• What does o(1) mean? It refers to a quantity a(n) which satisfies \lim\limits_{n\to\infty} a(n)=0. Why do we need to use this notation? Why should we compare functions to powers of n? Moreover, why should we care about behaviour as n\to\infty? Computational costs depend only on n\to\infty. But why? This is because n often does get very large. And we want a good feeling for the computational costs involved. O(n^3) might be manageable, but O(n^{3.1}) might become completely impossible. We could also have had things like O(2^n) right? Well those problems are completely intractable, with impossible computational costs. We want to restrain ourselves to polynomials and monomials. I still don’t understand why knowing something is O(n^3) instead of O(n^4) would help. Well, suppose we want a result for n=100 in finite time. The former will take 10^6 seconds, which is approximately 9 days, while the latter will take 900 days, which is about three years. Hence, if we are already aware of the value of n needed in our computation, and it is high, then knowing the exponent of n is pivotal.
    • The coefficients are not conformal invariants, and depend upon curvature terms of the boundary metric. Hence, a defining function has already been defined.
    • I’m always surprised by inequalities leading to homeomorphism or diffeomorphism theorems. How do they work? Can’t we make the volume arbitrarily small? Not when we have a blowup near the boundary.
    • How is this volume renormalized? We are not talking about the whole volume expansion. We are only talking about the conformally invariant constant term V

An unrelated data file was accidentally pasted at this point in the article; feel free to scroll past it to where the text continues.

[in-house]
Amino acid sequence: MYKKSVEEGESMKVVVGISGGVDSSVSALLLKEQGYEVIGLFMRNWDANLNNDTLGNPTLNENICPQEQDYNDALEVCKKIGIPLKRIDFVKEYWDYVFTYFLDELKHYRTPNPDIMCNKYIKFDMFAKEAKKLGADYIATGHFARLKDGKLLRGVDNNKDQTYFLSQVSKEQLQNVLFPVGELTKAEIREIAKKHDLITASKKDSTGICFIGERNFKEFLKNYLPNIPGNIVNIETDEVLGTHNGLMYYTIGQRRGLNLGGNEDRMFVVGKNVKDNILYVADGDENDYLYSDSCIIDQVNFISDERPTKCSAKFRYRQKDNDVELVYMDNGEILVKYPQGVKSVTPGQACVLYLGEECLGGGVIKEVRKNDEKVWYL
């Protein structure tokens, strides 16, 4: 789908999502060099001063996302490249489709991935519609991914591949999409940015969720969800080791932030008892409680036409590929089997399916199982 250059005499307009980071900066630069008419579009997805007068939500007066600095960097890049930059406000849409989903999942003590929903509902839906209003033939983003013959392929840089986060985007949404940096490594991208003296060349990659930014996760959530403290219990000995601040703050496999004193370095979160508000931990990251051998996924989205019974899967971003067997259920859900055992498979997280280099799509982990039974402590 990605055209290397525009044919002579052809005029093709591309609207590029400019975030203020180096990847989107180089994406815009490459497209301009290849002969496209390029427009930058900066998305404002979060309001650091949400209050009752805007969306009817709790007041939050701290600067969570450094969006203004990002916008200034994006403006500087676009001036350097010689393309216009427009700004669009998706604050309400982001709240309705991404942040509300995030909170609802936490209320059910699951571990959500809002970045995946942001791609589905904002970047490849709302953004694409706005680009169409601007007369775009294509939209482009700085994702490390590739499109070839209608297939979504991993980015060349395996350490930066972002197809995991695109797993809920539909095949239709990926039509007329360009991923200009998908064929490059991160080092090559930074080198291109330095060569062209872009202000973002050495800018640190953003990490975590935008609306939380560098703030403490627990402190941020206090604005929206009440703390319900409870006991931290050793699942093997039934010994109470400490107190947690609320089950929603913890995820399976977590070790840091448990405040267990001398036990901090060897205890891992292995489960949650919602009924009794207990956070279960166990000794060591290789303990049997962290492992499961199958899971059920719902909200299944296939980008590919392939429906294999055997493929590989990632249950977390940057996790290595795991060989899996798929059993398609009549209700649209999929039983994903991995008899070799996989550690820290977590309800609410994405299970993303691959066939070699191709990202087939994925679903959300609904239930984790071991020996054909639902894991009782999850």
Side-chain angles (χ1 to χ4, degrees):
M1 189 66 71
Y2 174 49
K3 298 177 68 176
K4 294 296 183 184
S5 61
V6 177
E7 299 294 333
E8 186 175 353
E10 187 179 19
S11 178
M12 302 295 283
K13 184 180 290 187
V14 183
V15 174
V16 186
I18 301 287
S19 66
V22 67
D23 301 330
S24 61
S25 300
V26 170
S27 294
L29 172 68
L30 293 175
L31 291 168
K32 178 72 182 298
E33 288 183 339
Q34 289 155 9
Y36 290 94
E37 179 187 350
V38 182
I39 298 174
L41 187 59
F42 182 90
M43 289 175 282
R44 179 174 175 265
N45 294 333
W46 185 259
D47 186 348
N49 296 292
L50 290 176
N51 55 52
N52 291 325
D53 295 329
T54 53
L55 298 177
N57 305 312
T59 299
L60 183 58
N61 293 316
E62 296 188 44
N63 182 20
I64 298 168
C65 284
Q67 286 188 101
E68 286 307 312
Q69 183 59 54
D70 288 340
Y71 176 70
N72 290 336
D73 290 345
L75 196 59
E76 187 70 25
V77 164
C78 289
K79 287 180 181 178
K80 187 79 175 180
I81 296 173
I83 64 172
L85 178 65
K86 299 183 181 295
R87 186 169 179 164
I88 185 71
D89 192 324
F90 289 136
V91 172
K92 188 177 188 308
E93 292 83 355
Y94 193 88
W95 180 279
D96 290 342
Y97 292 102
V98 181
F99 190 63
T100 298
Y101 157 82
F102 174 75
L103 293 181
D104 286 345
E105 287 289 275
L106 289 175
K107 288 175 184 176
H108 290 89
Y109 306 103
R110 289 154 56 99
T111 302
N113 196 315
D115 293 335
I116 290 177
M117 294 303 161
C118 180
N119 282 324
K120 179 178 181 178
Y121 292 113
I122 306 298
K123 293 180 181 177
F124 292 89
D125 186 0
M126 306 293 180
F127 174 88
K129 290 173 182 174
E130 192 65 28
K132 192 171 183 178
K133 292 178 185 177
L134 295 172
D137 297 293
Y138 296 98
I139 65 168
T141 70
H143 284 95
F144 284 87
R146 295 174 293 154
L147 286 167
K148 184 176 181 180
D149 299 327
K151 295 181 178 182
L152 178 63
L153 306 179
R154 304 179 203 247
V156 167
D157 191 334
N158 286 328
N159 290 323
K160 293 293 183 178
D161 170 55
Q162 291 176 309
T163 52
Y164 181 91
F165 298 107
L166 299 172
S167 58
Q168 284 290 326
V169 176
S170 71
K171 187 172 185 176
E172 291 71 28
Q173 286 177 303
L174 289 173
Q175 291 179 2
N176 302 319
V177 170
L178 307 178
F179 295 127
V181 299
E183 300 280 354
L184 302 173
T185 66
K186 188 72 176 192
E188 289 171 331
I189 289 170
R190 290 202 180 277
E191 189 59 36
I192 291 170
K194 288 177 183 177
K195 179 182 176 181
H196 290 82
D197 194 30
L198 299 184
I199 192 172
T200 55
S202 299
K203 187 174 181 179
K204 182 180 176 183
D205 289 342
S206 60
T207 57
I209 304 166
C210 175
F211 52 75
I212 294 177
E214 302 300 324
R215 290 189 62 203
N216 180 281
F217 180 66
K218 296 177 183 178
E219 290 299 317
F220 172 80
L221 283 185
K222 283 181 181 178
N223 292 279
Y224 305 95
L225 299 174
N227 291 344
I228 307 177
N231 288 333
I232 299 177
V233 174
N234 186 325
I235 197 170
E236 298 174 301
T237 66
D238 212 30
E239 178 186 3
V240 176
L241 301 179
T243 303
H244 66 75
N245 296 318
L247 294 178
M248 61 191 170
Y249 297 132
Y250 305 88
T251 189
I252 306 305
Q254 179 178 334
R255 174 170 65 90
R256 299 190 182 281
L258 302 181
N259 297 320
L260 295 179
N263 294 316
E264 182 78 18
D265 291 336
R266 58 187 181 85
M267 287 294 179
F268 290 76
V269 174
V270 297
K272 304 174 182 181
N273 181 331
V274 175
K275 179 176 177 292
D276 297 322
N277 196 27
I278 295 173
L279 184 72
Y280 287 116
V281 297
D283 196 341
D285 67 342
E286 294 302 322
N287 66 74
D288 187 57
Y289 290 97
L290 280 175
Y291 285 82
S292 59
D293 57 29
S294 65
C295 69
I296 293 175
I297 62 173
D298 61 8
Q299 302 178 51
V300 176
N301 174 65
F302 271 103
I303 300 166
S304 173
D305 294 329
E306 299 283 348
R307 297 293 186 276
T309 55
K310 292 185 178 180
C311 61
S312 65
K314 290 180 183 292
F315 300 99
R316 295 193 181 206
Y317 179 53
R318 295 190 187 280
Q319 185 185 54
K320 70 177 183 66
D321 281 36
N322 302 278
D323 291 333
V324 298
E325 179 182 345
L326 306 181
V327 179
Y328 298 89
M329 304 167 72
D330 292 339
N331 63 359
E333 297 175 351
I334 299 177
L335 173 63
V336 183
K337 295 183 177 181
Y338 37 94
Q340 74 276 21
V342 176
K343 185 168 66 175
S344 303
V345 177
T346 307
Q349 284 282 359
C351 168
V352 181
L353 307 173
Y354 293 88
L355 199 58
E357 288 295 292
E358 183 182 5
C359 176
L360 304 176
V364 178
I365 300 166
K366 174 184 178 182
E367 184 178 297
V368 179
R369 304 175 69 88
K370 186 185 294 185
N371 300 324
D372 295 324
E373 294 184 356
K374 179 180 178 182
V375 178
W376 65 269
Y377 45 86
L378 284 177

• What was the Anderson formula? It relates V to \chi, although it need to say V>\frac{1}{2}\frac{4\pi^2}{3}\chi (which implies homeomorphism to B^4)
    • It turns that this is true only when n=3. There is a generalization of this to higher dimensions, which involves a conformally invariant integral.
    • Have I constructed a fractional power laplacian in my paper? I have proven its existence. However, I haven’t factorized a fractional power laplacian. I have constructed GJMS operators anyway whole symbols would be fractional power laplacians.
    • Is the Paneitz operator a GJMS operator for k=2? Yes. That is correct.
    • How can Fourier analysis be used to construct fractional power laplacians? Well differential operators are analogous to multiplication by a variable. Hence, fractional differential operators are probably multiplication with fractional powers of polynomials, which are not that bad. We can then take the inverse Fourier transform.
    • What is an elliptic extension problem? I think it is just an elliptic PDE with a certain boundary condition.
    • How can the Cafarelli-Silvestre construction be interpreted as acting on the hyperbolic half space? Maybe we modify the elliptic PDE on Euclidean space to become the scattering operator on hyperbolic PDE? Yes, that is possible.
    • How does making the space a hyperbolic half plane give us the extended interval \gamma\in (0,n/2)? This is because of the usual ambient restrictions. But what if n is odd, which I think is the assumption here? I’m not sure. However, what I learned is that w=-\frac{n}{2}+k is always negative. As f\in \xi[w]\implies \tilde{f}=t^{-w/2}f, this implies that t will be raised to positive powers.

Published by -

Graduate student

Leave a Reply

Fill in your details below or click an icon to log in:

WordPress.com Logo

You are commenting using your WordPress.com account. Log Out /  Change )

Google photo

You are commenting using your Google account. Log Out /  Change )

Twitter picture

You are commenting using your Twitter account. Log Out /  Change )

Facebook photo

You are commenting using your Facebook account. Log Out /  Change )

Connecting to %s

%d bloggers like this: